The thing is that we know these things are not good for us, but we go ahead with that ridiculous behaviour anyway. Even after recieving bypass surgery, 90% of people fall back into their old habits, even though they know they have a life-threatening disease. The odds for change are stacked against us 9-to-1. The problem is backsliding.
Change is not just limited to health though. Behavioural change in business is also difficult.
Preventative steps are required. Two principles apply:
- Prevention is better than cure.
- The wise man does at once what the fool does eventually.
The article also highlights that the most effective way to make any change is to nurture a positive lifestyle, filled with life’s little joys. The most effective way to change is to make life more pleasurable in constructive ways – regular walks, time in nature, wholesome food, positive work evironment and habits, respect, gratitude for small and large things… and so on. Change is driven my positive emotions and experiences that support the change.
Ironically, making small incrimental changes in our diet, work habits or lifestyle is more difficult than making radical change! The reason being that we often don’t see the benefits of the small, incrimental changes soon enough for it to be emotionally engaging enough to reinforce the changes. This is why stopping smoking can’t be an isolated act – it needs to be a part of a lifestyle makeover which might include yoga, raw food and daily meditation!
Lastly, fundamental to change is the ability to learn. The stronger our learning muscle, the better we’ll be at change. Take up a language or learn to play an instrument. Everything is related.
We get into bad habits that don’t serve us, although we could just as easily get into healthier ones that do. As my karate instructor often reminds me: “Practice makes permanent“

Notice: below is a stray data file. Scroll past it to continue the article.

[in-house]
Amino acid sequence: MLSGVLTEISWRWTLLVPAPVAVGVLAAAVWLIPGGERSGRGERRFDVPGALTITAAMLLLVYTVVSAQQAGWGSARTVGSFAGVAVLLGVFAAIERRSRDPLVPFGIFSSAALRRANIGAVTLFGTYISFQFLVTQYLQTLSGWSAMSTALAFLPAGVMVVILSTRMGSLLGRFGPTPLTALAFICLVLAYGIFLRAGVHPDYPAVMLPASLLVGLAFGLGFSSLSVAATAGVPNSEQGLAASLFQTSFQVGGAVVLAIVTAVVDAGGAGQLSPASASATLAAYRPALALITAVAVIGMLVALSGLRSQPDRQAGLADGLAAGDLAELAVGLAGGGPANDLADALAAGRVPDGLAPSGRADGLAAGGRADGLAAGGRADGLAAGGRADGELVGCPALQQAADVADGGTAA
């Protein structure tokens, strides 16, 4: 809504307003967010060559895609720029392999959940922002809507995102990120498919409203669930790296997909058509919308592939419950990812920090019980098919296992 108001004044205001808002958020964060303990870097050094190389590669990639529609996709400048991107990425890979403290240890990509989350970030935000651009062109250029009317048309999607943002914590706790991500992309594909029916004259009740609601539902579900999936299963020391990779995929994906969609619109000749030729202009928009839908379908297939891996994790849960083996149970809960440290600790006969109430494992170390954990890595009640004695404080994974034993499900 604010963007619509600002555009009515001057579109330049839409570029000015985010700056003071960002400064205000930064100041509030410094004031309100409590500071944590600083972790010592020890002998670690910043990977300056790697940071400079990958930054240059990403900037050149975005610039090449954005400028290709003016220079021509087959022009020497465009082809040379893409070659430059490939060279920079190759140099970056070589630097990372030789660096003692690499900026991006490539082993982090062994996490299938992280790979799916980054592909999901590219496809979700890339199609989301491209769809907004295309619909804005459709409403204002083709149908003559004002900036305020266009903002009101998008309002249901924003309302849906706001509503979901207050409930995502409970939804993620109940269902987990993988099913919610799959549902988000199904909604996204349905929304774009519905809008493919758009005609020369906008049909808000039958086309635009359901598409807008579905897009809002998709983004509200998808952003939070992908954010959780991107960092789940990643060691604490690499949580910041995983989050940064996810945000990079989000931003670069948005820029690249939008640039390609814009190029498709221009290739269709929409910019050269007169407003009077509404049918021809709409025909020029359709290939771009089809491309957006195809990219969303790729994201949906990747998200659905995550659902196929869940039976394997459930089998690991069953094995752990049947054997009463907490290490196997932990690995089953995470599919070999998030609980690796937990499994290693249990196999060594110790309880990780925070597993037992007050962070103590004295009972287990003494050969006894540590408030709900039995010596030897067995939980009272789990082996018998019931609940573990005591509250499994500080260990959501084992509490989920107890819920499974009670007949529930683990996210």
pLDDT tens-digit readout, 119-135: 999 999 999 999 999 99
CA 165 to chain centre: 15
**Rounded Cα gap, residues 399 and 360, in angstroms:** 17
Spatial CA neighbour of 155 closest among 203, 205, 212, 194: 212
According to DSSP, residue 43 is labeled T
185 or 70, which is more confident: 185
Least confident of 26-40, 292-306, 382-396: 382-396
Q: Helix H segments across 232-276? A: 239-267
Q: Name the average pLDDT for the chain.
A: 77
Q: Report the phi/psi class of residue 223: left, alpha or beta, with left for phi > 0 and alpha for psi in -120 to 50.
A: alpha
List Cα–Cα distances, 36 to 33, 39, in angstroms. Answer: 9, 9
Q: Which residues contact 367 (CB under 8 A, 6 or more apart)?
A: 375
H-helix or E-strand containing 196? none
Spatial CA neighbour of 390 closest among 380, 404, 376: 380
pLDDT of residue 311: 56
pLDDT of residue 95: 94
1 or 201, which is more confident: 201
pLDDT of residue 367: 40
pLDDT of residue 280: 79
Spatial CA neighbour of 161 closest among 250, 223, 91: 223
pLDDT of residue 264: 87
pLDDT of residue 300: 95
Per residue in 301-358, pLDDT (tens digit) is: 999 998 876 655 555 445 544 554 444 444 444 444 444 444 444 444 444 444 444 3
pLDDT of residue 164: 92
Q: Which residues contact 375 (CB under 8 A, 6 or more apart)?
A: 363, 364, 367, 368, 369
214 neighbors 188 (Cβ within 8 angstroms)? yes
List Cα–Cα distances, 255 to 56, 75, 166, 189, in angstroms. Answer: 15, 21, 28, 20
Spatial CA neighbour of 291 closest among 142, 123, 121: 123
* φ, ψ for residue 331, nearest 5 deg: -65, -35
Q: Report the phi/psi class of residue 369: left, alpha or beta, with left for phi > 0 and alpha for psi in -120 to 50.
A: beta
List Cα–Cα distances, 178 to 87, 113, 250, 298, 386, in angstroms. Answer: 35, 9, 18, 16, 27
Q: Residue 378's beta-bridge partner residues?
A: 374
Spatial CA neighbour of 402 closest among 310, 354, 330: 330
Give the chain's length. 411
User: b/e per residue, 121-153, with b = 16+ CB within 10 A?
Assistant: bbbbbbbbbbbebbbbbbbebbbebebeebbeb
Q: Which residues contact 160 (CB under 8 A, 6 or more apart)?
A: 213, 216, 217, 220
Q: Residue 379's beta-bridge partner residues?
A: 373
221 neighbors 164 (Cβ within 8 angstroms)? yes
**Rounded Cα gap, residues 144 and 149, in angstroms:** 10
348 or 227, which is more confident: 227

A principle of life success I prescribe to is “Clean up as you go along”. This is the ultimate way to be more productive.
Saying “I’ll do that later” causes a build-up of tasks, which eventually becomes overwhelming. Doing it now, however, is the most effective way to keep a clear head and space.
A simple example is keeping your home clean… It’s far easier and more productive to clean up your mess as you go along, rather than letting it build-up. You might take slightly longer preparing a snack in the kitchen because you’re cleaning up as you go along, but you’re relieveing yourself of a small unconscious stress which would otherwise play on your mind if you leave a mess behind that you will have to clean up later anyway.
It’s the same with work. Emails, articles or whatever else. Do not differ stuff indefinately… I used to find myself with a backlog of unfinsihed tasks which eventually caused me to ignore some of my duties in favour of less important stuff. The princple here is – when you have the opportunity to start something and get it done, do it! If you differ it indefinately, it’s likely to cause you more stress than it’s worth.
- “Screw it, let’s do it” – Richard Branson
- “The wise man does at once what the fool does eventually”
I’ve just listened to the audio version of “The Tipping Point“, and was reminded of the cumulative effect of our small daily actions.
For example, I bought a clipper for R300 and started shaving my own hair instead of going to a hairdresser every week. The saving each month is about R400. Over a year, that adds up to a ±R4800 saving!
Other examples include eating at home a few more times a week rather than going to a restaurant. Over a year, that will save thousands!
Other small examples are the details of the way we present ourselves… For example, having ironed clothes, polished shoes and keeping your office and desk neat and clean.
How about swearing? Can you imagine someone as dignified as Nelson Mandela swearing? That little detail wouldn’t befit his character in my eyes.
Today, and every day, I am commmitted to improving my health, wealth, relationships and spirit by paying attention to the SMALL things… because they’re the easiest, and yes, they do all add up.
I had such a sense of awe at the power and dignity of the person who is second in charge of our beautiful and diverse country.
I’ve met business leaders, like Sir Richard Branson, and various music stars through my charity events… but strangely, I was never in such awe.
Perhaps that’s what I was supposed to feel…. She expects people to treat her with dignity and utmost respect. We teach people how to treat us.
Next time I meet her I’m going to suggest that she start blogging!